SANTA ROSA (KPIX 5) — A North Bay city could give police more power to crack down on crimes associated with the homeless. But critics say it’s criminalizing people who live on the street. Santa Rosa Mayor Chris Coursey said the city has tripled the amount of money it spends on homelessness in the past three years. Coursey says this is a sign that what they’re doing now isn’t enough. He hopes stronger enforcement will make a difference, but not all council members are on board.
OAKLAND (KPIX 5) — Oakland is taking action to deal with all its trash. A homeowner tells us he’s fed up with seeing his neighborhood used as a dumping ground. Angel Patino is a volunteer for Oakland community organizations. Every third Saturday of the month they head out for the day to collect trash. He’s helped clean up 67,260 pounds of trash since November. “You can smell the urine,” Patino said as he gave us a tour of his neighborhood on Thursday.
OAKLAND (KPIX 5) – The city of Oakland has a sweet deal: $25,000 for artists to help promote tourism in the city. With that much cash sitting on the table, some artists are taking a pass. Along the side wall of Aswad Hayes’ t-shirt company is a mural dedicated to every person who lost their lives in Oakland in 2013.
Muck Rack makes it simple to find people, tweets, or articles that mention any name, keyword, company, hashtag etc. We've compiled this guide to help you make the most of your search.
Selecting a term
Start searching tweets, articles from media outlets, articles mentioned in tweets, journalists'
names, titles and bios with some suggested searches:
Companies or Topics (e.g. iPhone, Microsoft)
Phrases (e.g. "cloud computing") — use quotes to keep the terms together
Twitter handles (e.g. @username) — returns those who have mentioned or replied to
Names (e.g. "David Pogue")
Hashtags (e.g. #sxsw, #london2012)
Bio details (e.g. vegan, Olympics, father)
Muck Rack's Advanced Search allows for many boolean operators.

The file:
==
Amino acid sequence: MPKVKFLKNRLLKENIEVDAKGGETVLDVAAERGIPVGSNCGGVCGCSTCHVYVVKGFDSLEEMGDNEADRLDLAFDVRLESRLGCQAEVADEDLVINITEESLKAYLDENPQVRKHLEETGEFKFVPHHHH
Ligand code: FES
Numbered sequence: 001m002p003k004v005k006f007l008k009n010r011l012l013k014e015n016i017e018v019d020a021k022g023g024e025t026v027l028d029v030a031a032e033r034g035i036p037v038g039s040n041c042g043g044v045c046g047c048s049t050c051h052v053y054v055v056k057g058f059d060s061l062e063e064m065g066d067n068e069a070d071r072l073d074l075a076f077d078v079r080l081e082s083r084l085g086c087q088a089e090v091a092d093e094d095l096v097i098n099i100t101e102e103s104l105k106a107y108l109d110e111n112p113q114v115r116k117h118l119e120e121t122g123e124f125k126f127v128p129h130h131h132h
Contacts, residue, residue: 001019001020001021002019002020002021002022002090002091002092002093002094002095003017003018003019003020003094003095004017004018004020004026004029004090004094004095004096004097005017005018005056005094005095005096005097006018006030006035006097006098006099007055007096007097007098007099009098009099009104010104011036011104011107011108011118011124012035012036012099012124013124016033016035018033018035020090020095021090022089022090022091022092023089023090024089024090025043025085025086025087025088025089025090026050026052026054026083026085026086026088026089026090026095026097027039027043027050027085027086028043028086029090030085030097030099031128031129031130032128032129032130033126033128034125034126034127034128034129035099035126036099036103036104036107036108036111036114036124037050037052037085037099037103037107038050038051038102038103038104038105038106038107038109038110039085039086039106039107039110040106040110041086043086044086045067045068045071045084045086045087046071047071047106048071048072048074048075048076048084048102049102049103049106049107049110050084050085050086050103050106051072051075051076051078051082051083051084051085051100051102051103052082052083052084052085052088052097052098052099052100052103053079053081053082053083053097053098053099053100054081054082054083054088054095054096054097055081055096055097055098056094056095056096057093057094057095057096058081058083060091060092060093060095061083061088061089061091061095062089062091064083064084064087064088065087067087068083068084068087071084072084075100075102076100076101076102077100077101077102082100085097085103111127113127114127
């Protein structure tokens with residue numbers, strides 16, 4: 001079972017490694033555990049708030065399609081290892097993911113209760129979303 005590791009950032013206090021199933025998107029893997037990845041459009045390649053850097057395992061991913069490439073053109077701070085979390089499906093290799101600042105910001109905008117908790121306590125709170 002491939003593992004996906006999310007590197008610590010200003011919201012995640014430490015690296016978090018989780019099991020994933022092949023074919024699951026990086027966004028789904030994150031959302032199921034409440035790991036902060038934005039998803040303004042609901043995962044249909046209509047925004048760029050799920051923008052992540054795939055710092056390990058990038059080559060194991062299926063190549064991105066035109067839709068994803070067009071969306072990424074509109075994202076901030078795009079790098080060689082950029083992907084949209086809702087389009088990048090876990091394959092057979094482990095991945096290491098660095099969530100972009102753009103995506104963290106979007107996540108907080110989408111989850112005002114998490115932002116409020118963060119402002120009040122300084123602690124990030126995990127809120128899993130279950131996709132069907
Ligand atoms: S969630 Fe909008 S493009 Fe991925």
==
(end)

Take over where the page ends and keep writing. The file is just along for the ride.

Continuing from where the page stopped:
Find results that mention multiple specified terms, use AND or
+. For example, ensure each result contains both Elon Musk and Mark Zuckerberg by
searching Obama AND Romney or Obama + Romney.
Use the operators OR or , to broaden your search when you'd like either of
multiple terms to appear in results. (This is the default behavior of our search when no operators
are used.) For example, search for democrat OR republican to find results that refer to
Democrats and/or Republicans.
Use NOT or - to subtract results from your search. For
example, searching Disney will yield results about the Walt Disney Company as well as Walt Disney
World Resort. To exclude mentions of Disney World, search for Disney -World or Disney
When using one of these operators with a phrase, enclose it in quotation marks. For example, you can
find results about smartphones excluding Apple's iPhone 4S by searching smartphone -"iPhone
Exact case matching or punctuation
If you're searching for a brand name or keyword that relies on specific punctuation marks or capitalization, you can
find results that match your exact query by adding matchcase: before the keyword you're searching for, like matchcase:E*TRADE .
Use parentheses to separate multiple
boolean phrases. For example, to find journalists talking about having fun in Disney World or
Disneyland, search for ("disney world" OR disneyland) AND fun.
An asterisk can be used to search for any variation of a root word truncated by the asterisk. For example, searching for admin* will return results for administrator, administration, administer, administered, etc.
A near operator is an AND operator where you can control the distance between the words. You can vary the distance the near operation uses by adding a forward slash and number (between 0-99) such as strawberries NEAR/10 "whipped cream", which means the strawberries must exist within 10 words of "whipped cream".